As I stated before, HTTP 1.1 requests will have a header showing what the user typed in the host portion of the URL.  If they typed a name, it will have the name, if they typed a address it will have the address.

HTTP 1.0 requests will NOT have the hostname header in it.

Again, I would suggest you do a small capture from your computer of you visiting a web site, so you can see what is actually in a typical HTTP exchange.
I'm a bit late in on this but I thought I'd add an alternative option.

You mentioned in your first post that you wanted to see the detail real-time.  You can do it with Tshark with a command something like this:

 tshark -i int_ref -ta -f "port 80" -T fields -E separator=, -E quote=d
 -e _ws.col.Time -e frame.number -e ip.src -e ip.dst -e tcp.srcport -e tcp.dstport
 -e http.request.method -e http.request.uri

You'll need to take out the line breaks - I just put them in to make it more readable.

This will output the information in CSV format onto your screen.  Quite honestly it will probably whip by so quickly I doubt you'll be able to use it, so you might want to direct the output to a file by suffixing the above command with > http_requests.csv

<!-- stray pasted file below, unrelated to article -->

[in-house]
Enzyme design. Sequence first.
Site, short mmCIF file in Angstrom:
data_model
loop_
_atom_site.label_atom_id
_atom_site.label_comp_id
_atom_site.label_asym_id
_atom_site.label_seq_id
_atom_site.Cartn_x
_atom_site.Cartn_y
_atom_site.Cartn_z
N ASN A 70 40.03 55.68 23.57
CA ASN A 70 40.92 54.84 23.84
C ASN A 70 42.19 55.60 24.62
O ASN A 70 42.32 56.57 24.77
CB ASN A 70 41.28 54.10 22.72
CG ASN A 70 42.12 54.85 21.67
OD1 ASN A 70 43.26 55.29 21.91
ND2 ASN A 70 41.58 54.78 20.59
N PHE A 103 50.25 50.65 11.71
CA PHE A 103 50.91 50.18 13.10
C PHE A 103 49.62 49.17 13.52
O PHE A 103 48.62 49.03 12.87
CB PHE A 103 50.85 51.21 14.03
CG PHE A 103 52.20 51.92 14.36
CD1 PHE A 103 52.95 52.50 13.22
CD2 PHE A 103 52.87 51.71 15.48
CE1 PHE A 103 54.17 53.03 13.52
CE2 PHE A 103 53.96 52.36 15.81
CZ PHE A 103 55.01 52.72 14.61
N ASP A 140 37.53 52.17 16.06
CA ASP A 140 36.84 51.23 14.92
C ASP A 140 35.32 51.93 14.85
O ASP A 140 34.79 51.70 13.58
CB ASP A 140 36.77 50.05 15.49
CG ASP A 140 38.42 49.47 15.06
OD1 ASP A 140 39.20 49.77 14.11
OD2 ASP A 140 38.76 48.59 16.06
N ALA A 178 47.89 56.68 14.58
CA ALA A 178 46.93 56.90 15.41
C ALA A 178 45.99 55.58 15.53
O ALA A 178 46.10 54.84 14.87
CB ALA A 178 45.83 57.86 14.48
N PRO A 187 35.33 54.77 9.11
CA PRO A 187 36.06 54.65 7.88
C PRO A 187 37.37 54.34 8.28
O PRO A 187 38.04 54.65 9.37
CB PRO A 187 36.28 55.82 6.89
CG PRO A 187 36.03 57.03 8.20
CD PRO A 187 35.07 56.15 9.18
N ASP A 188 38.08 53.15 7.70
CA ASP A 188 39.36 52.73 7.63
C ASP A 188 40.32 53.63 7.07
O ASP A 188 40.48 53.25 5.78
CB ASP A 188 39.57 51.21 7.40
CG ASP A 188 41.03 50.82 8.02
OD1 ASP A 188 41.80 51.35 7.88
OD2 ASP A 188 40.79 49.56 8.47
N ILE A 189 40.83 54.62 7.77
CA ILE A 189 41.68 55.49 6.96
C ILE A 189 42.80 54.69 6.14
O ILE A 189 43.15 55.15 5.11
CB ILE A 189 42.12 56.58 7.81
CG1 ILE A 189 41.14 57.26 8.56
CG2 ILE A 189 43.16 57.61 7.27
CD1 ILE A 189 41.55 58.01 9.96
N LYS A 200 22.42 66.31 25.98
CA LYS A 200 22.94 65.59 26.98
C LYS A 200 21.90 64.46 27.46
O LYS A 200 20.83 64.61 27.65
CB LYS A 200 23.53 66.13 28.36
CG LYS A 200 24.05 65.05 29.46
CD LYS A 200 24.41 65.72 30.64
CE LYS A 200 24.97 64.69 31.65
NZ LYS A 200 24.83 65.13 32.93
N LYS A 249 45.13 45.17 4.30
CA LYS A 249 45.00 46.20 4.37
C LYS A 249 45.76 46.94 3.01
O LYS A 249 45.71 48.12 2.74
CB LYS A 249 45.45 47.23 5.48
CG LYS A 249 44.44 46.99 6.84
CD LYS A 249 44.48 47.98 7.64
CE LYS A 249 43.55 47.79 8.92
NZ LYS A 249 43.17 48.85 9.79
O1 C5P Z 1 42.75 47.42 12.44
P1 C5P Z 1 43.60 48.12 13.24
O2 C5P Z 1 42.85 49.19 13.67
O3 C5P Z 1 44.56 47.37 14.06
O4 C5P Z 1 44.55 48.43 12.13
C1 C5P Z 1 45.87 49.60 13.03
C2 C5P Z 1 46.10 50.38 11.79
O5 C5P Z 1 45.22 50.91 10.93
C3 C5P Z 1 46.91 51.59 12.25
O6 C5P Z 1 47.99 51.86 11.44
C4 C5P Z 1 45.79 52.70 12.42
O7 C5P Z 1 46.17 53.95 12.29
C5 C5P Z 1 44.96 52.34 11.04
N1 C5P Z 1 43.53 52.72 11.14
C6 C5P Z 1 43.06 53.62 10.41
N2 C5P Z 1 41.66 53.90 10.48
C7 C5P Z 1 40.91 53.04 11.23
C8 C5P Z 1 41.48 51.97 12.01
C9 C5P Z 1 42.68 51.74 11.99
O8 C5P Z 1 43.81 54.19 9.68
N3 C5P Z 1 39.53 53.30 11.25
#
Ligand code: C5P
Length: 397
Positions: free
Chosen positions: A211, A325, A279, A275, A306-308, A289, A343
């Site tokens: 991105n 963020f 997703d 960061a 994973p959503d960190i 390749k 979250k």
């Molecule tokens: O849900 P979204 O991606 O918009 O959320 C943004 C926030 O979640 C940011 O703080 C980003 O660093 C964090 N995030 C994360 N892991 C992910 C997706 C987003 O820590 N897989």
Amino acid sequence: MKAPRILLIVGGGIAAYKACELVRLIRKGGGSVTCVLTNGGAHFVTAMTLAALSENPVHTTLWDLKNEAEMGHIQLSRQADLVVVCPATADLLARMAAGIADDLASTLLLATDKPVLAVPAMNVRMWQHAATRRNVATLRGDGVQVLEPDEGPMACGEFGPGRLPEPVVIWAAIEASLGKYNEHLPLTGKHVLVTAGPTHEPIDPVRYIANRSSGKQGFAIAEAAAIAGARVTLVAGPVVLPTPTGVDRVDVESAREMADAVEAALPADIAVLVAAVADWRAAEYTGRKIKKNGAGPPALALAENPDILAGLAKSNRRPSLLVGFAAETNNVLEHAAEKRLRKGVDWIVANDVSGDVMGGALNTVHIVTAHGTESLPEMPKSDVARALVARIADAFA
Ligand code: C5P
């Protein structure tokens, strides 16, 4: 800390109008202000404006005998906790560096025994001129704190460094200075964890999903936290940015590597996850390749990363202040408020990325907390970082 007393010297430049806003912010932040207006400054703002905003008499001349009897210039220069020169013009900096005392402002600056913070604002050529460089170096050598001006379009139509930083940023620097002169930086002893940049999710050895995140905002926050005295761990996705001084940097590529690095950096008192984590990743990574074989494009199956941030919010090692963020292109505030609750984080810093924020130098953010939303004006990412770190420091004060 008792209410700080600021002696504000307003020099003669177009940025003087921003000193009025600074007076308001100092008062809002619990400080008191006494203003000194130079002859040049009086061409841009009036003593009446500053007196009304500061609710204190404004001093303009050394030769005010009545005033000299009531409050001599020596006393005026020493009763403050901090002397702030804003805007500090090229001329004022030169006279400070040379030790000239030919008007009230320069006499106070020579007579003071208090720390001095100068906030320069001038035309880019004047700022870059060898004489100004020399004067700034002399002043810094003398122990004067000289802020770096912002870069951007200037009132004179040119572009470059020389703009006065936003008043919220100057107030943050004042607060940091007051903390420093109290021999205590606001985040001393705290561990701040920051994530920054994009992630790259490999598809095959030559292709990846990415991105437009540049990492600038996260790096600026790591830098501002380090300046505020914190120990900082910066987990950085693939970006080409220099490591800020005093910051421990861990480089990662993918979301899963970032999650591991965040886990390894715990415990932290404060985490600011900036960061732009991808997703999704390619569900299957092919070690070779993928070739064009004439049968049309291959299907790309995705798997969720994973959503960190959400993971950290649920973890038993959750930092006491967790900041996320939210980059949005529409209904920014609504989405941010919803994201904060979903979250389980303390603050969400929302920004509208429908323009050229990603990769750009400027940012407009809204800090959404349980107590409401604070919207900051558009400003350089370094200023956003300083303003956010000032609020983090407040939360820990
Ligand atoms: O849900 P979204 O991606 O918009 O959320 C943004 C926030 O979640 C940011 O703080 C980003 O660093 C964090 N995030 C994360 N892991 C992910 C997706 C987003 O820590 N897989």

A better solution would be to save the captured packets as raw trace files (binary format) and then post-process them in batches with Tshark.  So going all the way back to Dan's post you would use:

 tcpdump -i eth1 'port 80' -w myTraceFile.pcap

You can then open this with Wireshark, or process it with Tshark.  If you want a full breakdown of response times you can use the Wireshark plugin called TRANSUM which you find at http://www.tribelabzero.com/transum .  In fact the TRANSUM User Guide has a pretty detailed description of the process to do exactly what you want to do in the section Batch Processing with Tshark.

Best regards...Paul